Even in hot and sweltering Singapore, we have those rainy and grey days when all you want is a comforting bowl of soup for lunch or dinner. Asian-style soups are the best — double boiled, slow-cooked, packed with soul and tummy nourishing ingredients and big on flavour. We pick our favourites from the restaurants around town.
WATCH THIS VIDEO TOO
How To Make Tang Yuan Soup
10 Restaurants Serving The Most Exciting Chinese Cuisine In Singapore Right Now
10 Hearty & Satisfying Vegetable Soup Recipes To Warm Your Belly
15 Top Korean Restaurants In Singapore All K-Foodies Will Love
Text: Priyanka C. Agarwal
At this multi-regional Chinese restaurant at Jewel Changi Airport, there are two delicious soups worth the trip over. The menu at Shang Social is designed by Shangri-La’s highly acclaimed Chinese master chefs specialising in Cantonese, Sichuan and Huaiyang cuisine.
First up is the dramatic Seafood Broth Rice served in Ironpot ($18). Here, crispy rice, large prawns and hefty chunks of fish are served in an iron clay pot. The soup which is a collagen-rich, concentrated crustacean broth — read: packed with flavour — is poured on top. The iron pot ensures the soup is piping hot throughout and the flavours and textures are comfortingly excellent.
The popular Sichuan delicacy, Red Garoupa Fillet Stewed in Pea Mashed Soup with Pickled Peppers and Chinese Cabbage ($78) is tart, mildly fiery and very moreish. The broth is a milky brew of fish stock, Sichuan peppercorns and bean paste, to which ingredients such as sliced garoupa, fresh mushrooms, bamboo shoots, bean sprouts, black fungus and house-cured young ginger and mustard vegetables are added. A medley of piquant flavours make this a perfect rainy day soup.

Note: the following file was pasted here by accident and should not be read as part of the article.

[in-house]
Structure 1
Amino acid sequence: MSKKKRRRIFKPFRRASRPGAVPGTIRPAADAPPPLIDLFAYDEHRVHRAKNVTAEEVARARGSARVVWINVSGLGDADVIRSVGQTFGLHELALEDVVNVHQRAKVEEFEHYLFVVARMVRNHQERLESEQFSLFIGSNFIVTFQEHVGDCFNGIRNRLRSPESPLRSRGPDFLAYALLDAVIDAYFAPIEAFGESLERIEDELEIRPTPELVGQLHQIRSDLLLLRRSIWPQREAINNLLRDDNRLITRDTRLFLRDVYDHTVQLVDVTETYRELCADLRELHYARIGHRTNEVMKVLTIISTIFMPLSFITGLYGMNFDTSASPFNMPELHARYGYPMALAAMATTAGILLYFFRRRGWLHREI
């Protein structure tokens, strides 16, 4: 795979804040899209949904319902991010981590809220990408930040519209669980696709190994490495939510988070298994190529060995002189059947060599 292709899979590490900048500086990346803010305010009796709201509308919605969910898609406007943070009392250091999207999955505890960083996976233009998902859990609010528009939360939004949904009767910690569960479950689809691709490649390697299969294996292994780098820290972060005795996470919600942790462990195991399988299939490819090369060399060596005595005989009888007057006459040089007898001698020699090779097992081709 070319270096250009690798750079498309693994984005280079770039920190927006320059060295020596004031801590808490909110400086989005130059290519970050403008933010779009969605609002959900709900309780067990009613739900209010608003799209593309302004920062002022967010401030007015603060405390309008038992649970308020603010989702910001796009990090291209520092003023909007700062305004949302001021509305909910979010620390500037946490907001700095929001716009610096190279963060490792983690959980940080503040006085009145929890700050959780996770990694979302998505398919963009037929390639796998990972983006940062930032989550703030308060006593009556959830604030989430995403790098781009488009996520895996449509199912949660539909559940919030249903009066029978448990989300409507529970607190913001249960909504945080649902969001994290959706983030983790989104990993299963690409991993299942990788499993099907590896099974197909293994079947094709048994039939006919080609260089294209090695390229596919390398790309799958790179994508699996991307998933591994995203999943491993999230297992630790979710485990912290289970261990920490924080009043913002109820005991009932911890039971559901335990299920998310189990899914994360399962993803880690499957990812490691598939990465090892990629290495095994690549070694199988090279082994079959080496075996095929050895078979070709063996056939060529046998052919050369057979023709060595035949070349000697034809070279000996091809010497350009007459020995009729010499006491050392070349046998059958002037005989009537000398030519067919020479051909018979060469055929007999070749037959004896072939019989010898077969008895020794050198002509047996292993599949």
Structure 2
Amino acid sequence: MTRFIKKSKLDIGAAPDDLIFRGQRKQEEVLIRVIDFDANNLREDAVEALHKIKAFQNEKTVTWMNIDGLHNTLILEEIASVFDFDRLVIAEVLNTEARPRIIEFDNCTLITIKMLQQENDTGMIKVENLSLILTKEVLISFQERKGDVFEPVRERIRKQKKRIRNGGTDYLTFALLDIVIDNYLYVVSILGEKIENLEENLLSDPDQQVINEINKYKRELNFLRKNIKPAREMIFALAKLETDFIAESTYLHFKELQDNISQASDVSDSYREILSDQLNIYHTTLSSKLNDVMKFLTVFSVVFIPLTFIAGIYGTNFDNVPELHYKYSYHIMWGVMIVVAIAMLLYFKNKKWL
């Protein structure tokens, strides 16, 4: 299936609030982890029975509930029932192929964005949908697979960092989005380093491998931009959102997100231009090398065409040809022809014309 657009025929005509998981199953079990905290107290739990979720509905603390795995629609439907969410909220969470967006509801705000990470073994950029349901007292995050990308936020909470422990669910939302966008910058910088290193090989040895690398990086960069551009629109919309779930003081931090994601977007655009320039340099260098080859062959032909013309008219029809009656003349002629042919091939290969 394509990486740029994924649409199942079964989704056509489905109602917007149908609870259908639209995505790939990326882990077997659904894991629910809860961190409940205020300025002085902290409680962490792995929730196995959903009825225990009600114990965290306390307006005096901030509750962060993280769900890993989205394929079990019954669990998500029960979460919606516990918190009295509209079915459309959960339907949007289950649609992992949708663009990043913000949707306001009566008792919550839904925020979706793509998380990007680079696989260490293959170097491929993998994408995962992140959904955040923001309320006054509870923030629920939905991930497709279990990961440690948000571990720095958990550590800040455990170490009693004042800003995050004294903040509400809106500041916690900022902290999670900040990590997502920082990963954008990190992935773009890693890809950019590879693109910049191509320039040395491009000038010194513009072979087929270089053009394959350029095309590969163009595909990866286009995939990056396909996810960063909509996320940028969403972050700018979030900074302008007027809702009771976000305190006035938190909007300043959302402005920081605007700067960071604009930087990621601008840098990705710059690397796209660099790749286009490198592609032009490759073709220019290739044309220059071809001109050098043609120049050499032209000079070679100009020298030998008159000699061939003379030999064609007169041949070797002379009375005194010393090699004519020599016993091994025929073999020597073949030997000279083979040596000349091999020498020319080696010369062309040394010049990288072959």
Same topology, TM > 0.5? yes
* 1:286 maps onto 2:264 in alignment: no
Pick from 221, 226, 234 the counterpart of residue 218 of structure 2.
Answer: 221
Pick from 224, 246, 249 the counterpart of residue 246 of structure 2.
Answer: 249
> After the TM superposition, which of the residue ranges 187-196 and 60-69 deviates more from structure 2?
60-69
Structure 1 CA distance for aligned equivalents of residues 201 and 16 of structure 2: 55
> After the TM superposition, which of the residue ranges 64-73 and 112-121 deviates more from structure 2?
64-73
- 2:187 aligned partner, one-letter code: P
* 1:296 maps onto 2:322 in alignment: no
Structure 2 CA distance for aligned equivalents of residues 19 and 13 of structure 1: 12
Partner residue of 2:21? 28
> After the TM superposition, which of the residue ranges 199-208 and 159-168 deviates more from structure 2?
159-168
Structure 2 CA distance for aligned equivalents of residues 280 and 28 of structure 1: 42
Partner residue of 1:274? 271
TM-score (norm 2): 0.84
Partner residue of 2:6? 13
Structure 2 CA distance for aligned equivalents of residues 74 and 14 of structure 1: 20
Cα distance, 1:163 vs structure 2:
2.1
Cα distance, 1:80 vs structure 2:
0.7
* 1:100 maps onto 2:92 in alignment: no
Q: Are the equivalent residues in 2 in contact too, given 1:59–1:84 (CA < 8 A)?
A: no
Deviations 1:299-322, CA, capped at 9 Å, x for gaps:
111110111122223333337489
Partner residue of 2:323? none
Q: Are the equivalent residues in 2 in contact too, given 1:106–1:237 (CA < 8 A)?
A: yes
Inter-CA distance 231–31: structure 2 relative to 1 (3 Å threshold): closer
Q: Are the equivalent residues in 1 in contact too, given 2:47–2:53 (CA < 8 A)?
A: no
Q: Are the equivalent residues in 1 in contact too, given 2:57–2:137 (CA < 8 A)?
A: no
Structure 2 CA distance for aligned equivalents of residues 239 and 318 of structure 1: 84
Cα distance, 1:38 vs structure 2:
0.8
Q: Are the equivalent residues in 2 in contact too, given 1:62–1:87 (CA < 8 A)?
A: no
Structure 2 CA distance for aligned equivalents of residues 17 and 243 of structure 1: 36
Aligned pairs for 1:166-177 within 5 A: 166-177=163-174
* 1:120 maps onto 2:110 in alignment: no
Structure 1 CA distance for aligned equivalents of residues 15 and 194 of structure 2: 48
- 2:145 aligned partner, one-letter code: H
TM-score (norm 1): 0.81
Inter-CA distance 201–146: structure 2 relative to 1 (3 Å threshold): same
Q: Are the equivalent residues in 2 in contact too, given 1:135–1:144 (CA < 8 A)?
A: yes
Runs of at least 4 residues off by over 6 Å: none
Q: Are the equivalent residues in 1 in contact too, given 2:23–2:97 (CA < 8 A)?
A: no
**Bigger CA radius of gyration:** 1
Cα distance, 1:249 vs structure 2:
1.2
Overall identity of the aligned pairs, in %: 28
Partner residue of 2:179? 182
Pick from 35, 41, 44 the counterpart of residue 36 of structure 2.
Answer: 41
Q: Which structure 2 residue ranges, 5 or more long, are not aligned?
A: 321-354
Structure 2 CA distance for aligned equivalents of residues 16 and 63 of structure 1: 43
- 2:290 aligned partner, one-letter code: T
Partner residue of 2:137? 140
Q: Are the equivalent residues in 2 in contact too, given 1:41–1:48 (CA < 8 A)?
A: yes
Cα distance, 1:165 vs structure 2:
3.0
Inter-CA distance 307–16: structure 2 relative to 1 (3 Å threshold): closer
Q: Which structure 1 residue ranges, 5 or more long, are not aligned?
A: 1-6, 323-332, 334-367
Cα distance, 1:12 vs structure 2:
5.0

At #01-219 to 222 Jewel Changi Airport, 78 Airport Boulevard Singapore 819666, tel: 6346 0260. Visithttps://shangsocial.com for more information.
Like its name, this elegant dish at Min Jiang’s new Dempsey digs is a mouthful, but an absolutely delicious one. The base is a collagen-rich superior stock of chicken bones, chicken feet and pork. A variety of nourishing ingredients such as Australian abalone, chopped bamboo pith and dried scallops are encased into an egg-white parcel and submerged in a thick broth of Sri Lankan crabmeat and stock. Served with a crisp-fried prawn spring roll and topped with tobiko, this is a showstopper soup to brighten the dullest of days. Priced at $48 per person.
At 7A & 7B Dempsey Rd, Singapore 249684, tel: 6774 0122. Visit https://www.goodwoodparkhotel.com/en/dining/min-jiang-dempsey.html for more information.
For one of the most obvious spots in town for a hearty, comforting bowl that is healthy and affordable, look no further than one of The Soup Spoon’s many outlets. It always states clearly its soups’ nutritional info, calories and ingredients so you know exactly what is in your nourishing bowl. The Tokyo Chicken Stew is a long-time favourite; both gluten and dairy-free and packed with lotus root, mushrooms, bamboo shoots and more. The Soup Spoon even does meatless versions of its popular soups, like the Sumo-Style Nabe which uses quorn, beancurd, napa cabbage and mushrooms and the broth is laced with soy milk.
At B1-K4/K7 Paragon Shopping Centre, 290 Orchard Road, Singapore 238859, tel: 6738 3860 and 26 other locations. Visit http://www.thesoupspoon.com/ for more information.